A slew of these examples validates that India is certainly a tough nut to crack when one discusses a business's ability to command prices from customers.

Deloitte’s Technology, Media, and Telecommunications (TMT) report highlights,

“In India, free, ad-supported streaming generates more revenue than the subscription-based model and is expected to reach $2.4 billion in 2026.”

The Advertising Video-on-Demand (AVOD) market is 10 times the size of the Subscription Video-on-demand (SVOD) market, which makes streaming companies look at advertising as an avenue for revenue generation.

Even local language streaming services like Aha (Tamil-Telugu) earn about 15-20% of their revenues from AVOD.

In fact, JioSaavn, one of India’s oldest music streaming apps, accounts for only 1% of its user base as paid subscribers. And about 60% of their revenue is driven by online advertisements.

And for a platform like SonyLIV, which produces its own shows, along with reality shows like Shark Tank, Kaun Banega Crorepati (KBC), 40% of revenue is generated through advertising.

In fact, we “love” ads so much that the view-through rates for watching an ad are as high as 90%!

To be honest with you, I myself didn’t buy a Spotify Premium subscription for the longest time because their free version never really hindered how I listened to music. It would play ads for a few minutes, followed by an uninterrupted listening session of 30 minutes. It worked just fine for me. It is only when I started listening to more podcasts that I felt the need to buy a premium subscription.

And this fits our overall pattern of willingness to pay for a product.

Look at Zerodha’s Varsity, a free tool to learn about stocks and investing. You will see countless LinkedIn and Twitter posts praising Zerodha for the free access to such rich content. Even when you look at the concept of free deliveries with e-commerce shopping, as consumers, we can be wholly inconsiderate of how a service can be provided for free or at excessively discounted rates.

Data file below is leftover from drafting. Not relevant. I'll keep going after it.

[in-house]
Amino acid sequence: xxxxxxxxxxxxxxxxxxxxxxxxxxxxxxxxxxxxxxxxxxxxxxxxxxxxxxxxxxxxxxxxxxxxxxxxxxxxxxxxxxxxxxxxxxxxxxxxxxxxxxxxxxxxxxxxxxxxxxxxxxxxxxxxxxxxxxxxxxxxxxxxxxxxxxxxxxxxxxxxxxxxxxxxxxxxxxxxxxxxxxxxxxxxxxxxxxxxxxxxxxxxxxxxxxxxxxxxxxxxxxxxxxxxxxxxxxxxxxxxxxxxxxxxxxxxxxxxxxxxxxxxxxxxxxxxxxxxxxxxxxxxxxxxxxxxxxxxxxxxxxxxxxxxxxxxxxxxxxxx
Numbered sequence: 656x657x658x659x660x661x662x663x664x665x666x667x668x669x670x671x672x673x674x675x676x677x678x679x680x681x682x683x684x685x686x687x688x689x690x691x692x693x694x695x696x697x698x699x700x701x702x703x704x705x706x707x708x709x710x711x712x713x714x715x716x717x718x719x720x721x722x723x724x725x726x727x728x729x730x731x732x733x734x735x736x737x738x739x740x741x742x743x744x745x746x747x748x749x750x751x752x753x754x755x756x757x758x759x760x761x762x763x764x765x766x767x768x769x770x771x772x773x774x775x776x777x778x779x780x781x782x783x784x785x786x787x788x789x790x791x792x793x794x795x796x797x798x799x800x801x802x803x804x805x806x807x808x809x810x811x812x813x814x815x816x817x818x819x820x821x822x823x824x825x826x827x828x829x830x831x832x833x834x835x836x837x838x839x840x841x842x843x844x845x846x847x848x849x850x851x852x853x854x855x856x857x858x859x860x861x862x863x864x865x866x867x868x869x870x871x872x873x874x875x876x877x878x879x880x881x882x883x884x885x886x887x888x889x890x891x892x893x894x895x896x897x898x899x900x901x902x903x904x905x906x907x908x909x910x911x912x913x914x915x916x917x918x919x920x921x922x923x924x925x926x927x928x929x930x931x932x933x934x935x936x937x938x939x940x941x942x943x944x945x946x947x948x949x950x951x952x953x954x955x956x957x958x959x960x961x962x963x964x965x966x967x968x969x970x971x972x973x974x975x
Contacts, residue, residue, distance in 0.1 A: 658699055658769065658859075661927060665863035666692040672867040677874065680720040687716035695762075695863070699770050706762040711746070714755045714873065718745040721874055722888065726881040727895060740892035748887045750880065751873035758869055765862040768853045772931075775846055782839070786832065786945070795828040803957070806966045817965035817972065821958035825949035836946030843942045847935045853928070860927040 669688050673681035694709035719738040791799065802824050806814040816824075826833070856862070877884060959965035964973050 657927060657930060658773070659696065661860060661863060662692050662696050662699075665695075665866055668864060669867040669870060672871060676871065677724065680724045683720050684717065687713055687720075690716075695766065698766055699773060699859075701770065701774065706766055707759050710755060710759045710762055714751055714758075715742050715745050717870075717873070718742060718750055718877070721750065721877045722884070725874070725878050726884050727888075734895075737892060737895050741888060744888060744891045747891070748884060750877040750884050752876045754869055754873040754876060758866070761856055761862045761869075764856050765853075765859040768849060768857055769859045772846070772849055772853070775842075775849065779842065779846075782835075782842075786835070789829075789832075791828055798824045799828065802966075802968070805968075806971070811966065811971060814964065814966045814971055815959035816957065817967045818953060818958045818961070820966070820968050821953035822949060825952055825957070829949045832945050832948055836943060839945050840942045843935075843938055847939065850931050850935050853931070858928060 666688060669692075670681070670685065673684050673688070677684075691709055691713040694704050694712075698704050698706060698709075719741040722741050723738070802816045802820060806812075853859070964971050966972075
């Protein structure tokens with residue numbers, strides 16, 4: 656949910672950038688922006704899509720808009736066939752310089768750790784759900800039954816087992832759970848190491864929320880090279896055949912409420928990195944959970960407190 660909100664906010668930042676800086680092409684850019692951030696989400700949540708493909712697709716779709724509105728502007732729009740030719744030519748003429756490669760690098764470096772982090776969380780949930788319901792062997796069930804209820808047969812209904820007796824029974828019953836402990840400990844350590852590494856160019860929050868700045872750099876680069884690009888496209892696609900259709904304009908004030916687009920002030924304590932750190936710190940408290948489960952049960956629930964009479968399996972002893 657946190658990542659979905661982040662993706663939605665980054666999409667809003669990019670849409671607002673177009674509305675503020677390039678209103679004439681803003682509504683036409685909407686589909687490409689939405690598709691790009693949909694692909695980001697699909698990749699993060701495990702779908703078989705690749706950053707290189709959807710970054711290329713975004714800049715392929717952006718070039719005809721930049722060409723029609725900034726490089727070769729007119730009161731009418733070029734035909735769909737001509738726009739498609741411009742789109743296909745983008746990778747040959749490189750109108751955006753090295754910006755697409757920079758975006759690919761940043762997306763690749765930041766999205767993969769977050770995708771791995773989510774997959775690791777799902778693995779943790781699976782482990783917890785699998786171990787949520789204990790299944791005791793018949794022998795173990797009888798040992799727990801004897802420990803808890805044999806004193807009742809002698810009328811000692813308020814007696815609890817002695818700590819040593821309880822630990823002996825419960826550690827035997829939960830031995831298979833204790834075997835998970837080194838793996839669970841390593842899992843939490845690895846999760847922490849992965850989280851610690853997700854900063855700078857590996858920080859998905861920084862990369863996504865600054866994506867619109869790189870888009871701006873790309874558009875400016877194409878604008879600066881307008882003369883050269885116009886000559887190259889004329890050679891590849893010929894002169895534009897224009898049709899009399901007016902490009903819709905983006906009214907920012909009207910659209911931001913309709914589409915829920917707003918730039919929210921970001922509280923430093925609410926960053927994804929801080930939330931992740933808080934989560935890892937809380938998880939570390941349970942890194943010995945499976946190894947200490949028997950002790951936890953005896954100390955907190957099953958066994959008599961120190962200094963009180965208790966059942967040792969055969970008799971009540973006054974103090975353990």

The thing to note here is that if the content is free, it usually means more awareness of the actual product being sold. For example, when you use Varsity for free, you go on to trust Zerodha with your stockbroking account. For other content-only platforms, a large distribution always ends up being a good honeypot for advertisers.

Indian consumers could be a case study in how markets tame businesses.

Every content platform arrives at the scene with a growth strategy but is finally left feeling disillusioned as only a few are willing to pay for something other than good old cable TV. And there is a lot of noise around behavioural economics, consumer psychology and how businesses can leverage these in commerce, but the Indian consumer might be an exception to a majority of these rules and studies that may be theoretically sound or widely replicated across multiple geographies.

Exploring this topic reminded me of this quote from We are like that only by Rama Bijapurkar:

“While India is undoubtedly complex, there still are some simple truths that managers have to accept. Indian consumers are very value-conscious. They may be poor, but they are not backward. Even in media-dark India, consumers are well-informed. They are not overwhelmed by Western brands. And they can make a difference in the global positions of individual firms.”

We take time to arrive at how much or how little we value a product or service, and we certainly don’t mind watching a few ads till we make up our minds. Often, we never end up paying. And it's a truth all content businesses sooner or later have to come to terms with.